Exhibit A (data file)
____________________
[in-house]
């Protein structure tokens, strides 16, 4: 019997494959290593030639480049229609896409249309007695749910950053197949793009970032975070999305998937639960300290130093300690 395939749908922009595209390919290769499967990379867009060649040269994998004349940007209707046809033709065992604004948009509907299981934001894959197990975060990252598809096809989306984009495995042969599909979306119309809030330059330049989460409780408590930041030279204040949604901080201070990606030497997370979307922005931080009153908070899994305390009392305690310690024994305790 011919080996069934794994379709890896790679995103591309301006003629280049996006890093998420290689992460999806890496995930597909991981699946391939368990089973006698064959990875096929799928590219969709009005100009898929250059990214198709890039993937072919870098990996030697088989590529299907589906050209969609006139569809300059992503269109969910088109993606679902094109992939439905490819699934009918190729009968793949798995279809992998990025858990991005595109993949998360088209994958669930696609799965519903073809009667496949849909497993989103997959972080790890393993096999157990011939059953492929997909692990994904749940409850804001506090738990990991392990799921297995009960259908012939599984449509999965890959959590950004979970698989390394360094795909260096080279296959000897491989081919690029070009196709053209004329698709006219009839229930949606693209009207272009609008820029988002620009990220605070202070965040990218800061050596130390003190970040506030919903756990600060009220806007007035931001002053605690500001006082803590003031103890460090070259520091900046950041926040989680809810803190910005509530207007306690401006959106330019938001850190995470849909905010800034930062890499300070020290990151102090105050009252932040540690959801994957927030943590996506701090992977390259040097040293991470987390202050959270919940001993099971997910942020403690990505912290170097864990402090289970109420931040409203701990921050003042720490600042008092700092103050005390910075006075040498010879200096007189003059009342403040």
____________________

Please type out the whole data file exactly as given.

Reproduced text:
[in-house]
């Protein structure tokens, strides 16, 4: 019997494959290593030639480049229609896409249309007695749910950053197949793009970032975070999305998937639960300290130093300690 395939749908922009595209390919290769499967990379867009060649040269994998004349940007209707046809033709065992604004948009509907299981934001894959197990975060990252598809096809989306984009495995042969599909979306119309809030330059330049989460409780408590930041030279204040949604901080201070990606030497997370979307922005931080009153908070899994305390009392305690310690024994305790 011919080996069934794994379709890896790679995103591309301006003629280049996006890093998420290689992460999806890496995930597909991981699946391939368990089973006698064959990875096929799928590219969709009005100009898929250059990214198709890039993937072919870098990996030697088989590529299907589906050209969609006139569809300059992503269109969910088109993606679902094109992939439905490819699934009918190729009968793949798995279809992998990025858990991005595109993949998360088209994958669930696609799965519903073809009667496949849909497993989103997959972080790890393993096999157990011939059953492929997909692990994904749940409850804001506090738990990991392990799921297995009960259908012939599984449509999965890959959590950004979970698989390394360094795909260096080279296959000897491989081919690029070009196709053209004329698709006219009839229930949606693209009207272009609008820029988002620009990220605070202070965040990218800061050596130390003190970040506030919903756990600060009220806007007035931001002053605690500001006082803590003031103890460090070259520091900046950041926040989680809810803190910005509530207007306690401006959106330019938001850190995470849909905010800034930062890499300070020290990151102090105050009252932040540690959801994957927030943590996506701090992977390259040097040293991470987390202050959270919940001993099971997910942020403690990505912290170097864990402090289970109420931040409203701990921050003042720490600042008092700092103050005390910075006075040498010879200096007189003059009342403040």